“Mattel has packaging that includes fiber from conversion of natural tropical rainforests as well as plantation fiber,” he said, referencing Greenpeace’s recent campaign against Mattel’s use of fiber from APP. “Our main issue is with the rainforest fiber and we want all conversion of forests to stop.”

“We do not agree that plantations from recent deforestation can be certified but we do want to be part of a conversation regarding plantations that have been developed and what action can be taken which would encourage forest restoration, more forest conservation and addressing local community rights and benefits.”

Thus, moving forward on Motion 18 would require the FSC to attain a difficult balancing act between supporting better management of plantations on the ground—and working to quell future deforestation—while not appearing to condone past actions of companies involved in the destruction of forests. It is a balancing act that, if the FSC gets wrong, could prove devastating to an organization already facing threats to its credibility on a number of fronts.

The FSC has been battling a rising tide of criticism from smaller environmental groups for years. As one of the world’s largest certification schemes for wood and paper products, the organization is a clear target for everything that is wrong in forestry. Beyond the issue of plantations, the organization has been called out, and even campaigned against, for certifying companies that practice clear-cutting of forests or selectively log in old-growth forests, the richest in carbon and biodiversity.

Only last week, the FSC lost the support of one of its environmental supporters, FERN. However it was not plantations or old growth forest issues that caused FERN to finally break with FSC, but the organization’s pursuit of carbon credits.

A concession belonging to one of Sinar Mas’ pulpwood companies, PT Bina Duta Laksana. © Greenpeace.

Greenpeace’s Rosoman says the world continues to consume wood and fiber, but the FSC can help meet this demand in a less-damaging way.

“Currently most [wood and fiber] comes from natural forests but they are fast being logged out and converted,” he told “We are campaigning hard for an end to forest conversion and clear protection for the remaining large intact forest landscapes.”

“If plantations are planted on degraded lands (non-forest) or former agricultural lands this can provide a way of producing wood that can substitute wood from natural forests. If this can help take the pressure off natural forests it can be a positive thing, but we will never support the conversion of forests into plantation.”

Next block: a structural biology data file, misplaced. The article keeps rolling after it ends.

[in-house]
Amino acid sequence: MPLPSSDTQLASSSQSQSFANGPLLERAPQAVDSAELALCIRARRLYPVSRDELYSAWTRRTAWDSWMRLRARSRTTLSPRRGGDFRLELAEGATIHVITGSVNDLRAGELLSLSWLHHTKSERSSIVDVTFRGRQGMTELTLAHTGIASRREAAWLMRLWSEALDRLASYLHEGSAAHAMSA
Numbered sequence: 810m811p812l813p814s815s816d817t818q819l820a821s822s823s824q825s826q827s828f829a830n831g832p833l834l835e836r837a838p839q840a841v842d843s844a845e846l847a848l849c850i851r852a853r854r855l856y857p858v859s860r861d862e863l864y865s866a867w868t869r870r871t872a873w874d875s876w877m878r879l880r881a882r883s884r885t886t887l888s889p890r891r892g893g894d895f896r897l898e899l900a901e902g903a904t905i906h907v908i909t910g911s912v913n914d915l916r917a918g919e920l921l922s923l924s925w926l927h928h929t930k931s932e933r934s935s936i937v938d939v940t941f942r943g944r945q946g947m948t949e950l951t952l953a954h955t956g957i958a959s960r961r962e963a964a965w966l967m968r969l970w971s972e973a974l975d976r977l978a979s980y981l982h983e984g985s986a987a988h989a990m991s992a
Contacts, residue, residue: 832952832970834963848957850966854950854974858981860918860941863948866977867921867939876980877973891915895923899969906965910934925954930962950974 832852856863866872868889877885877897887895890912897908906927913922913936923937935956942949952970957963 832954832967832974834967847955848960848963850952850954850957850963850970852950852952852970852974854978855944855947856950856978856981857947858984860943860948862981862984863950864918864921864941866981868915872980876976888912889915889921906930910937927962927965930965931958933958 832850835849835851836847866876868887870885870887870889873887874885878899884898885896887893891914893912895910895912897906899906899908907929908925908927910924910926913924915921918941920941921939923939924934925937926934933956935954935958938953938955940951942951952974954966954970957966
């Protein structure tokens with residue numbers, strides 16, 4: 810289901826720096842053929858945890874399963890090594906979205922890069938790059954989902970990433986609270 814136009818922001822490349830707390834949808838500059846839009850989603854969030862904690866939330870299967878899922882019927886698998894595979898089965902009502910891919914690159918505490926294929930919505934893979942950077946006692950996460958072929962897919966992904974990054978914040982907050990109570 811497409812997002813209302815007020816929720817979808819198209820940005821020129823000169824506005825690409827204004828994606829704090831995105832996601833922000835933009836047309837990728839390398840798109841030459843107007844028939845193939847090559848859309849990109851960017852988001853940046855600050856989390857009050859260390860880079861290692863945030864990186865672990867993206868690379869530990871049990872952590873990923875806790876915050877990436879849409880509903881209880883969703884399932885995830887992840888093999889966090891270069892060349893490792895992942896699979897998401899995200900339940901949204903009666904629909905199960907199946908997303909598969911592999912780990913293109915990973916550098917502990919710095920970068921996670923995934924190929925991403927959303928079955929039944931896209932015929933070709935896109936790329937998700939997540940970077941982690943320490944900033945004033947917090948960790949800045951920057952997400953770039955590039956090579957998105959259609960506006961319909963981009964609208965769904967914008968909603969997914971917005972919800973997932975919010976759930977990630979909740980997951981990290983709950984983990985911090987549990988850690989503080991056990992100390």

Overbeek believes the FSC is more concerned with certifying as much forest and plantation-land as possible than with keeping environmental standards high and making certain companies comply. Since the FSC depends on the companies it certifies to pay for it: the more companies the FSC signs up, the more funds it pulls in for operations, arguably incentivizing mass-certification over high standards or rigorous checking-up.

For his part, Counsell believes the meeting this week will do little to address FSC’s troubles.

“The important thing to appreciate about the FSC’s General Assemblies is that they are primarily set up as joint congratulatory celebration of the FSC’s achievements over the previous three years,” he says. “There will no doubt be much mutual-back-slapping about, for example, the fact that the total area certified under the FSC scheme is approaching 150 million hectares worldwide, and the number of Chain of Custody certificates has passed 20,000. This is decidedly not a place to raise or formally discuss major concerns about, for example, the continued decline of the FSC’s credibility.”

However Daemeter Consulting’s Sileuw says the motion, if passed and implemented correctly, could go far in moving plantations in countries such as Malaysia and Indonesia towards more environmentally-friendly practices, while giving them an economic incentive not to participate in further forest destruction.

“It is our hope that such a scheme would engage and offer the industry an incentive to move towards certified responsible management of biodiversity, environmental, and social and cultural issues beyond that required by law,” she said, adding that, “we recognize that such a mechanism must include safeguards that are carefully developed to ensure further conversion of natural forest is not promoted and positive long term outcomes are achieved.”

Panama rainforest.

Whether Motion 18 would further undercut trust in the FSC or bring about a new, and better, age for forests in places where it is desperately needed remains to be seen. Of course, it first has to pass the General Assembly vote next week.